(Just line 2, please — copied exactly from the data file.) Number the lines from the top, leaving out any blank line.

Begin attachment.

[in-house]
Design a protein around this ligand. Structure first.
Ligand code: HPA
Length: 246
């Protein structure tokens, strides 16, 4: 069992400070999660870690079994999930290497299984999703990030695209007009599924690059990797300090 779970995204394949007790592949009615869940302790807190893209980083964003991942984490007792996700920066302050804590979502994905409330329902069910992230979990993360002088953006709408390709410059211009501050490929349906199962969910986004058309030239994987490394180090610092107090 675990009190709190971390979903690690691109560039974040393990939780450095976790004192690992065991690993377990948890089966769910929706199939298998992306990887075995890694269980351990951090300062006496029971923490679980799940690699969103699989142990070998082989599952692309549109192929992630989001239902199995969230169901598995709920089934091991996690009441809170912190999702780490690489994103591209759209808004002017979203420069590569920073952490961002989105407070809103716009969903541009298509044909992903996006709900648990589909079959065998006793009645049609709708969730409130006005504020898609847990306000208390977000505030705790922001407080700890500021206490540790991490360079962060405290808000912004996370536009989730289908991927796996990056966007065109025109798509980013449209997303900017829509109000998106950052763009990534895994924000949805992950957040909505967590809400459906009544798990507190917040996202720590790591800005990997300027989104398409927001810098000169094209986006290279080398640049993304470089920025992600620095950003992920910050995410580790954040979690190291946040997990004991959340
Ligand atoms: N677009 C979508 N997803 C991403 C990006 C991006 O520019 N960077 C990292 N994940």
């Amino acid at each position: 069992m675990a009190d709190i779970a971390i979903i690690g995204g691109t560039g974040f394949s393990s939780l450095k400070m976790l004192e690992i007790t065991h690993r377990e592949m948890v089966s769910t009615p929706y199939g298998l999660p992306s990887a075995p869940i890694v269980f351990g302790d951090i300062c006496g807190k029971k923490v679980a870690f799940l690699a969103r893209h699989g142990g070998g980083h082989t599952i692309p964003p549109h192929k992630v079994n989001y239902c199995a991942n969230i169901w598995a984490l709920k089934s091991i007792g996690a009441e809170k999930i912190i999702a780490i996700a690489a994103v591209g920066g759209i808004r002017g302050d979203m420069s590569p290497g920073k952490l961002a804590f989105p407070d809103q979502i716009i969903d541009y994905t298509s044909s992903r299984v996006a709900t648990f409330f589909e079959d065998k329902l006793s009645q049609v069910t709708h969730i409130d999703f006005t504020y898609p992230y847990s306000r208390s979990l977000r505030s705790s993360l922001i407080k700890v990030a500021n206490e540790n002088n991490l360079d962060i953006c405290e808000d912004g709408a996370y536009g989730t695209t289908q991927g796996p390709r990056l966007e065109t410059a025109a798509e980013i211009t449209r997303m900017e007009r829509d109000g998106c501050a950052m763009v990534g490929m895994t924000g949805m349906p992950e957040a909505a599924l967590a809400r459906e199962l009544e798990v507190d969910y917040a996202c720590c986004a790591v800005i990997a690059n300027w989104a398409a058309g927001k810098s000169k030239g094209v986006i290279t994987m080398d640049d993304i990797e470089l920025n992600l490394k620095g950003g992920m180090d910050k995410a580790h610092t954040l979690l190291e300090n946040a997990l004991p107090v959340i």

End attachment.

Design a protein around this ligand. Structure first.